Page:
The Trump administration’s restriction on downloads of popular Chinese-owned “super-app” WeChat has been put on hold by a federal court in San Francisco, days after the Commerce Department had ordered the removal of the app from smartphone app stores starting Sunday, calling it a threat to national security.
Magistrate Judge Laurel Beeler issued a preliminary injunction at the request of the U.S. WeChat Users Alliance, which had argued that the ban on the app would violate the free-speech rights of millions of Chinese-speaking Americans who rely on WeChat to communicate with relatives in the U.S. and China, Bloomberg reported first.
At the hearing on Saturday, Michael Drezner, a lawyer defending the government’s order, argued that the anxiety faced by U.S. WeChat users doesn’t entitle them to an injunction, adding that their reliance on WeChat was a result of China’s restriction on other social media apps.
In their filing the WeChat users had argued that they were reliant on the “super-app” to make phone calls, hold video conferences, upload documents, share photos and make payments, making the app “essential to the conduct of daily life for its users.”
On Friday, the Commerce Department had announced a ban on downloads for both WeChat and Chinese-owned video sharing platform TikTok over national security concerns.
The ban on TikTok, however, has been pushed back by a week after the company announced a plan to sell 20% of its stake to Oracle and Walmart.
President Donald Trump had signed an executive order on August 6, which had called for a ban on all transactions between WeChat’s parent Tencent and all U.S. entities after 45 days. The ambit of this ban was unclear, and various U.S. companies operating in China including Apple, Disney, Ford, Walmart and others had raised concerns that such a move could undermine their competitiveness. The app’s U.S. users had also expressed concerns about the fallout of the ban. However, the Justice Department, in a court filing, had said that WeChat users who solely use the app to communicate personal and business information won’t be targeted by the ban. The Tencent-owned WeChat app has more than 1.2 billion uses globally and functions as a “super app” in China, used by consumers, businesses, celebrities and the government. The app is used for text messaging, payments, e-commerce, social media and news.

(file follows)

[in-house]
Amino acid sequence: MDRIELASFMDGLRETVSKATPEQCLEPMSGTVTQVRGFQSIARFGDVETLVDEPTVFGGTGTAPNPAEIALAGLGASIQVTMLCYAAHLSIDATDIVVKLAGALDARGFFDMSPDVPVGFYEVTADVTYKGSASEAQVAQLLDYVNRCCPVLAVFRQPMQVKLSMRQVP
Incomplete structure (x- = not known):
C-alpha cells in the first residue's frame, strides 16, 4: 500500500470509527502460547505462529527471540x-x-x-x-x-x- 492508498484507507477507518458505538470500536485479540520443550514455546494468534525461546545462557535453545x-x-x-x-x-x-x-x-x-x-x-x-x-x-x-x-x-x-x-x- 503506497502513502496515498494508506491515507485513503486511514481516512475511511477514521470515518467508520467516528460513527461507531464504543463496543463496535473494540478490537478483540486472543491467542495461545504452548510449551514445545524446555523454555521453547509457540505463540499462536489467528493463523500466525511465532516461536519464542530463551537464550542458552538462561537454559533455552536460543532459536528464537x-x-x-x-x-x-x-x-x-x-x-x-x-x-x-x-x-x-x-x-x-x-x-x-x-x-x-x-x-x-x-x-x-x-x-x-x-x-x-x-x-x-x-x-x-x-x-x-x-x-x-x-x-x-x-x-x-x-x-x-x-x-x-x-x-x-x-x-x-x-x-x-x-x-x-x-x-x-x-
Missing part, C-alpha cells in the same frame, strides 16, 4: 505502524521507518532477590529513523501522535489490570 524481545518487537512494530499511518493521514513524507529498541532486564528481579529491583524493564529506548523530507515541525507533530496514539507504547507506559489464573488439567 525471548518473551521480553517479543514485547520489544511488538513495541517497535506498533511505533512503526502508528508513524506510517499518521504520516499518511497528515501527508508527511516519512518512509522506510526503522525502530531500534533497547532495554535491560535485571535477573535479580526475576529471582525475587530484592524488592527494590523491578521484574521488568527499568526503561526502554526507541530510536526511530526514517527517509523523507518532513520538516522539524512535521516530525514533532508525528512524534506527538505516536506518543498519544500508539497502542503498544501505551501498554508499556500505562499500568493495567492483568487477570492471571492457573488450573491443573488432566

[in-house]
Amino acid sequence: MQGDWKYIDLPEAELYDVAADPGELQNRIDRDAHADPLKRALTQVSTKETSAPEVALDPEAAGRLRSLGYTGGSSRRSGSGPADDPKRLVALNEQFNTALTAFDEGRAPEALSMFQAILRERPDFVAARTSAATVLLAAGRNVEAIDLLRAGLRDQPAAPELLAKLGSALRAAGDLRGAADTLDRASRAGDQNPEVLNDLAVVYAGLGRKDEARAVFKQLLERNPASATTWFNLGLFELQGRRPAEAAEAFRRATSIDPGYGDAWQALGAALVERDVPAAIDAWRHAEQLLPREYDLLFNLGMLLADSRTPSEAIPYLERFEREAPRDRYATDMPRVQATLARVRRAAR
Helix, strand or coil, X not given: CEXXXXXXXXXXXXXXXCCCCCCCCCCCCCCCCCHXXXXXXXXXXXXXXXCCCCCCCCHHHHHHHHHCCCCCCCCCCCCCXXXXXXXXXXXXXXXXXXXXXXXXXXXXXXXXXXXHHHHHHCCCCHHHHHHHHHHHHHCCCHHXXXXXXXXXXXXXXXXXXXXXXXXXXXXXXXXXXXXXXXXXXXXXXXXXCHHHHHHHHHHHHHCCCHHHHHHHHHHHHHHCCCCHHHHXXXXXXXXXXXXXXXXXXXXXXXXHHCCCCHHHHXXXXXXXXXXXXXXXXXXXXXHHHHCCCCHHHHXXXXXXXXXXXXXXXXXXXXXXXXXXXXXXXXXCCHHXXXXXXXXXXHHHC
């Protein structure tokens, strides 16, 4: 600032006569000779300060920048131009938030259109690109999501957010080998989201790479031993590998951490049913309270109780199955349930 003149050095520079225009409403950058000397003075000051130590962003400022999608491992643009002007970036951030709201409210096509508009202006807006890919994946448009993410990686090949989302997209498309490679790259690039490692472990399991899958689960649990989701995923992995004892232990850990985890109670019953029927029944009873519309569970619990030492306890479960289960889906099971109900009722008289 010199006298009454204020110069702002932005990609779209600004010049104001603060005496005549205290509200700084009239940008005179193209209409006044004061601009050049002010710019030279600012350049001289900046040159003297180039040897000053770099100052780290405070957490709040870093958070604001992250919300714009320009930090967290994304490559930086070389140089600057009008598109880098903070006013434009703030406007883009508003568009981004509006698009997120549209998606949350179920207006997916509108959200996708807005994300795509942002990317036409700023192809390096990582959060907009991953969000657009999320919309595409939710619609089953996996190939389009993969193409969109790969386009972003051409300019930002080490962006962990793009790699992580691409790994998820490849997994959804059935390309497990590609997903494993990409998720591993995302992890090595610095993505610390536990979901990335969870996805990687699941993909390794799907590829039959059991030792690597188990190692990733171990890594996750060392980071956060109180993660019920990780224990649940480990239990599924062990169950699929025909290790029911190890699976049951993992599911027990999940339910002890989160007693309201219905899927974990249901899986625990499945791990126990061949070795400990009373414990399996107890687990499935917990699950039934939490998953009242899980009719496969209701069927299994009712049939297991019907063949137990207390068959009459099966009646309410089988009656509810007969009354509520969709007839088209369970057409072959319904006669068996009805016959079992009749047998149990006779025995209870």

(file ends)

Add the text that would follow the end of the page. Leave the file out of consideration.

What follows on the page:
Following the crackdown on WeChat, the Trump administration reportedly sent out letters to U.S. online gaming companies like Fortnite-maker Epic Games, Riot Games and others requesting information about their relationship with the multibillion-dollar Chinese technology company, Tencent, Bloomberg reported on Thursday. Citing sources, the report added, that the Treasury Department chaired Committee on Foreign Investment in the U.S., is looking for information about how these companies handle the personal data of their U.S. customers. Tencent is the world’s largest gaming company, and it owns a 40% stake in Epic Games, and it fully owns Los Angeles-based Riot Games, the maker of League of Legends.